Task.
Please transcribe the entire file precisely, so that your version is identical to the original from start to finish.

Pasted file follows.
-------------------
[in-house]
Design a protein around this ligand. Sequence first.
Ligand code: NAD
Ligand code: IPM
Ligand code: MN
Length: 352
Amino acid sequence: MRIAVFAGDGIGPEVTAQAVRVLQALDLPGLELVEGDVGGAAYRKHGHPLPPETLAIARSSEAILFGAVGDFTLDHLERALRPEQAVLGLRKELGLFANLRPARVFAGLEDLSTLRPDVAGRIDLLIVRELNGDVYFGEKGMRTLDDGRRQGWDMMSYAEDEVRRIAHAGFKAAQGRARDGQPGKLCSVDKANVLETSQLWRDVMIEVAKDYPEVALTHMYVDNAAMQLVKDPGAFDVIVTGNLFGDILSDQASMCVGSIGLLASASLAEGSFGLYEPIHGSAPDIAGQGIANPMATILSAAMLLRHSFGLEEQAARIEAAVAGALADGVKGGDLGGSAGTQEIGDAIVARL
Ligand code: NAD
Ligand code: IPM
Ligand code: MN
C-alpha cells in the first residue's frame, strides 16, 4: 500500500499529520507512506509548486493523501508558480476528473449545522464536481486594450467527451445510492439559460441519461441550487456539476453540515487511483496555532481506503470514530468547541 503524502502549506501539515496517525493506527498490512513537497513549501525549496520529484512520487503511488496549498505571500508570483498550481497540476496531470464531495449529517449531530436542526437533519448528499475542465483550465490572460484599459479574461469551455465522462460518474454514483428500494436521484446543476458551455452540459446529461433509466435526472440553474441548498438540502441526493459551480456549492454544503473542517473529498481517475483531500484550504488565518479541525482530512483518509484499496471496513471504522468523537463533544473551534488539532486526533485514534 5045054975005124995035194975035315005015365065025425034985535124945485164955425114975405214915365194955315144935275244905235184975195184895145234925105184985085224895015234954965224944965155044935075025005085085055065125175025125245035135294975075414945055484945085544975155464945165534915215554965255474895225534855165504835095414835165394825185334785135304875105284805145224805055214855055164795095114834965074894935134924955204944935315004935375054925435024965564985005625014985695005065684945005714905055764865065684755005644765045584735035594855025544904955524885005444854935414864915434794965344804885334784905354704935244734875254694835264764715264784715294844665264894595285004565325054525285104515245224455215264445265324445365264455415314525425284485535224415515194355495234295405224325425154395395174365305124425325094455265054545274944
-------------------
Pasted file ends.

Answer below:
[in-house]
Design a protein around this ligand. Sequence first.
Ligand code: NAD
Ligand code: IPM
Ligand code: MN
Length: 352
Amino acid sequence: MRIAVFAGDGIGPEVTAQAVRVLQALDLPGLELVEGDVGGAAYRKHGHPLPPETLAIARSSEAILFGAVGDFTLDHLERALRPEQAVLGLRKELGLFANLRPARVFAGLEDLSTLRPDVAGRIDLLIVRELNGDVYFGEKGMRTLDDGRRQGWDMMSYAEDEVRRIAHAGFKAAQGRARDGQPGKLCSVDKANVLETSQLWRDVMIEVAKDYPEVALTHMYVDNAAMQLVKDPGAFDVIVTGNLFGDILSDQASMCVGSIGLLASASLAEGSFGLYEPIHGSAPDIAGQGIANPMATILSAAMLLRHSFGLEEQAARIEAAVAGALADGVKGGDLGGSAGTQEIGDAIVARL
Ligand code: NAD
Ligand code: IPM
Ligand code: MN
C-alpha cells in the first residue's frame, strides 16, 4: 500500500499529520507512506509548486493523501508558480476528473449545522464536481486594450467527451445510492439559460441519461441550487456539476453540515487511483496555532481506503470514530468547541 503524502502549506501539515496517525493506527498490512513537497513549501525549496520529484512520487503511488496549498505571500508570483498550481497540476496531470464531495449529517449531530436542526437533519448528499475542465483550465490572460484599459479574461469551455465522462460518474454514483428500494436521484446543476458551455452540459446529461433509466435526472440553474441548498438540502441526493459551480456549492454544503473542517473529498481517475483531500484550504488565518479541525482530512483518509484499496471496513471504522468523537463533544473551534488539532486526533485514534 5045054975005124995035194975035315005015365065025425034985535124945485164955425114975405214915365194955315144935275244905235184975195184895145234925105184985085224895015234954965224944965155044935075025005085085055065125175025125245035135294975075414945055484945085544975155464945165534915215554965255474895225534855165504835095414835165394825185334785135304875105284805145224805055214855055164795095114834965074894935134924955204944935315004935375054925435024965564985005625014985695005065684945005714905055764865065684755005644765045584735035594855025544904955524885005444854935414864915434794965344804885334784905354704935244734875254694835264764715264784715294844665264894595285004565325054525285104515245224455215264445265324445365264455415314525425284485535224415515194355495234295405224325425154395395174365305124425325094455265054545274944